Thanks to www.investorvoice.ca for the research and quotes.....best site on the web for canadian investment industry practices
Last edited by admin on Wed Dec 14, 2005 1:49 pm, edited 1 time in total.
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IDA spends it's credibility, changes its name to IIROC

Postby admin » Tue Jun 21, 2005 12:49 pm

1. Would you send an abused child to see the North American Man Boy Love Association with his complaint?

2. Would you send an elderly investment client who suffered financial abuse by an IDA firm to see the Investment Dealers Associaiton?

(hint, the answer to number one should be obvious)
(the answer to number two is one of Canada's greatest public embarrasements)

To allow either of these organizations to pursue their own private and self serving agendas is unfortunate. To allow the IDA to do so, while misleading the public they are objective and imparital judges is simply criminal.


--------------------------------------------------------------------------------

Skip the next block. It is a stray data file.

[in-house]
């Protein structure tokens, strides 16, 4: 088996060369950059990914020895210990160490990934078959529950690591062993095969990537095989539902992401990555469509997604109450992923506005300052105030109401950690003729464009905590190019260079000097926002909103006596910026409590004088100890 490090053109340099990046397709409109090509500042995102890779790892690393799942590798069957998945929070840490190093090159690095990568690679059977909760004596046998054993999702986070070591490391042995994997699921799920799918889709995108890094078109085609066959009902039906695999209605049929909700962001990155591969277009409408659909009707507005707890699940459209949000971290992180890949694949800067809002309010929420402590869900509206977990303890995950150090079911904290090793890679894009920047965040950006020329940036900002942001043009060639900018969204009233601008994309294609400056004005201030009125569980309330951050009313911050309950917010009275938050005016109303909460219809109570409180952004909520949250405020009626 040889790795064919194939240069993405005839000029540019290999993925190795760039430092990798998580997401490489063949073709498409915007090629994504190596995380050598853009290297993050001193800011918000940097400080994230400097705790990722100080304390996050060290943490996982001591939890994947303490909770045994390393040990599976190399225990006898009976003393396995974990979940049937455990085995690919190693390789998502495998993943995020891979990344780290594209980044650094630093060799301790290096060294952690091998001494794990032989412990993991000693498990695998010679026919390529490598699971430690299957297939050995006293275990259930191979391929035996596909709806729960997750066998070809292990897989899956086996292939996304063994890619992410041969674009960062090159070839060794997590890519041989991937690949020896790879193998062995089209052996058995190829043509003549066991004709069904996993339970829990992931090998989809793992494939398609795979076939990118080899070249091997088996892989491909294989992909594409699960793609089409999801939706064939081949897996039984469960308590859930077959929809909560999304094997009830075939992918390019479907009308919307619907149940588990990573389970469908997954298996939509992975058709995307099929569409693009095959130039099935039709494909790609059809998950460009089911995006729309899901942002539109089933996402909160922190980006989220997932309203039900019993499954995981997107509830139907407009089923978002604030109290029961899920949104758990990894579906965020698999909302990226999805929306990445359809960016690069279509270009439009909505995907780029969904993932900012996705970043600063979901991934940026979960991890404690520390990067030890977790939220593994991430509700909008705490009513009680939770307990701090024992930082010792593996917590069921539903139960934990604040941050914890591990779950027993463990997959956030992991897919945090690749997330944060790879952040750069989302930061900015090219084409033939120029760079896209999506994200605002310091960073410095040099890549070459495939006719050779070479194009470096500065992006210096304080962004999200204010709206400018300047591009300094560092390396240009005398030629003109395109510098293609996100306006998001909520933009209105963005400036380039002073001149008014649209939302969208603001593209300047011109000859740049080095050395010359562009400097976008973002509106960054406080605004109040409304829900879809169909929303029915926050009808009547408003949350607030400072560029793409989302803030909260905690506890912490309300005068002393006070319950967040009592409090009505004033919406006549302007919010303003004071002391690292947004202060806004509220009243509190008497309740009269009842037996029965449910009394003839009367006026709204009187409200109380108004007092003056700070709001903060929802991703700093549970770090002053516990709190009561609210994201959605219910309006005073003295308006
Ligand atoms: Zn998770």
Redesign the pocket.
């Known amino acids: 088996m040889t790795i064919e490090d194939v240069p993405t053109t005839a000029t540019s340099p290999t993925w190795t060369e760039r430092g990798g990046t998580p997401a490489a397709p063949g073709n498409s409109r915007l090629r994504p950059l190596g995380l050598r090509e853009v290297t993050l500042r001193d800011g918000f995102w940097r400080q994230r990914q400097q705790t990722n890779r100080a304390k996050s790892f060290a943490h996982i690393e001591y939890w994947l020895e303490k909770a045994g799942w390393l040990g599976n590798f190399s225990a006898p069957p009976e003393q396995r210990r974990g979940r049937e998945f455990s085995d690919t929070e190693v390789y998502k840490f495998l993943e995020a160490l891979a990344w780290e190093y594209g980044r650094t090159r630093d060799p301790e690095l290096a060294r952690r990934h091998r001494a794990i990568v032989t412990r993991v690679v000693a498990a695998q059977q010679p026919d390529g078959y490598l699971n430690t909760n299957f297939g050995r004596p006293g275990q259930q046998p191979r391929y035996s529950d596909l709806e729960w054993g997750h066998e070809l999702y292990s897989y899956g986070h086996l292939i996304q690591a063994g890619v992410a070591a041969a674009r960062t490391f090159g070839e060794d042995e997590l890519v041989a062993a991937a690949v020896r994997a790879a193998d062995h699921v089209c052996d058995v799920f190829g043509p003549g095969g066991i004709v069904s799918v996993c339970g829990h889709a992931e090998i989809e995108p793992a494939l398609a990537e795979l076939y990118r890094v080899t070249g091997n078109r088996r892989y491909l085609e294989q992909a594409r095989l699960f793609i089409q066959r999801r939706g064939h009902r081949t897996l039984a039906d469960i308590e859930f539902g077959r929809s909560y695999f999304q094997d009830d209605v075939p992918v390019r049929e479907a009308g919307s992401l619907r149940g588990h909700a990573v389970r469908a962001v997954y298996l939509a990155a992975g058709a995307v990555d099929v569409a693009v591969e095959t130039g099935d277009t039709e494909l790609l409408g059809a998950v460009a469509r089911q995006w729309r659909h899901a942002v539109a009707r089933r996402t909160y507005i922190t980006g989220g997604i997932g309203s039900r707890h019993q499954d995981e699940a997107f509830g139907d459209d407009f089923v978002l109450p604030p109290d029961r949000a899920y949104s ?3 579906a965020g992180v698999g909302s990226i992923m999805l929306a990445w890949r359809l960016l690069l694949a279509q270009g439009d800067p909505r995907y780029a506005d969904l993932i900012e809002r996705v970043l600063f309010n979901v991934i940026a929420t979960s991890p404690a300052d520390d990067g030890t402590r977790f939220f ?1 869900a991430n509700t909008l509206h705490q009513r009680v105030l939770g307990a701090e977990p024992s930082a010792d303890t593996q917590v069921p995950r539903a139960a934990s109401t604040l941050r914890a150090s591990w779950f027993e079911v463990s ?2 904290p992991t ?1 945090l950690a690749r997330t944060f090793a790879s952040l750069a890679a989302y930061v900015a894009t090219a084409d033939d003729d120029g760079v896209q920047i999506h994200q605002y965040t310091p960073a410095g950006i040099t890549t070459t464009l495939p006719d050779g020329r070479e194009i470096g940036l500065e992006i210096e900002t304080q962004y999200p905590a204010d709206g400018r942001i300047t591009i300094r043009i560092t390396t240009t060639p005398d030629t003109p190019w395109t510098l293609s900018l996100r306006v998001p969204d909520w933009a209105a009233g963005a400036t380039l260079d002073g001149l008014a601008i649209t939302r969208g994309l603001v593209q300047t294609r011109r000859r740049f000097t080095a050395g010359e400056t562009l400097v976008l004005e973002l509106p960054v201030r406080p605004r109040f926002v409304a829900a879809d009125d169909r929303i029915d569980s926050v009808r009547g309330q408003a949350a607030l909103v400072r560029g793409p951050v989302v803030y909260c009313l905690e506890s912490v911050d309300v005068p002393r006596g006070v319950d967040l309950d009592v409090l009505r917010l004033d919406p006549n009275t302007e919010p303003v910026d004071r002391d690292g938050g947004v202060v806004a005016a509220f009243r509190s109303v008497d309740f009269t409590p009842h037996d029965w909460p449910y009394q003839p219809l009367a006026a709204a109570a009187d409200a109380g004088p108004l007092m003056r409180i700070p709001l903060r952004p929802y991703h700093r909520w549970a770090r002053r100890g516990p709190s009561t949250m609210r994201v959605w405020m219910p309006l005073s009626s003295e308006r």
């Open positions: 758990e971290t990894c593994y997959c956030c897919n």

(admin adds Jan 2006, that the IDA, if it has in any way misrepresented it's dual role to the public, could find it's officers guilty of section 122 criminal code provisions titled Breach of Trust)

If the provincial securites regulators state that they delegate all IDA matters (complaints) to the IDA, and the IDA does not appear to have statuatory authority to enforce the securities act.........who is misinformed here?

Is the IDA allowed to enforce the Securities Act? Or as one senior IDA compliance officer has stated publicy, that about the only thing provincial securities commissions have delegated to the IDA is registration of salespeople?

Can anyone shed light on the legality of this, because all the provincial securities commissions seem to be well able to pass the buck to the IDA, but not very well able to prove this is the right and proper legal road to have travelled down. (ASC unwilling even to submit to proper provincial audit as required by law......are they the right people to serve us) (sorry, another forum, I know)
Last edited by admin on Tue Sep 09, 2008 9:27 am, edited 5 times in total.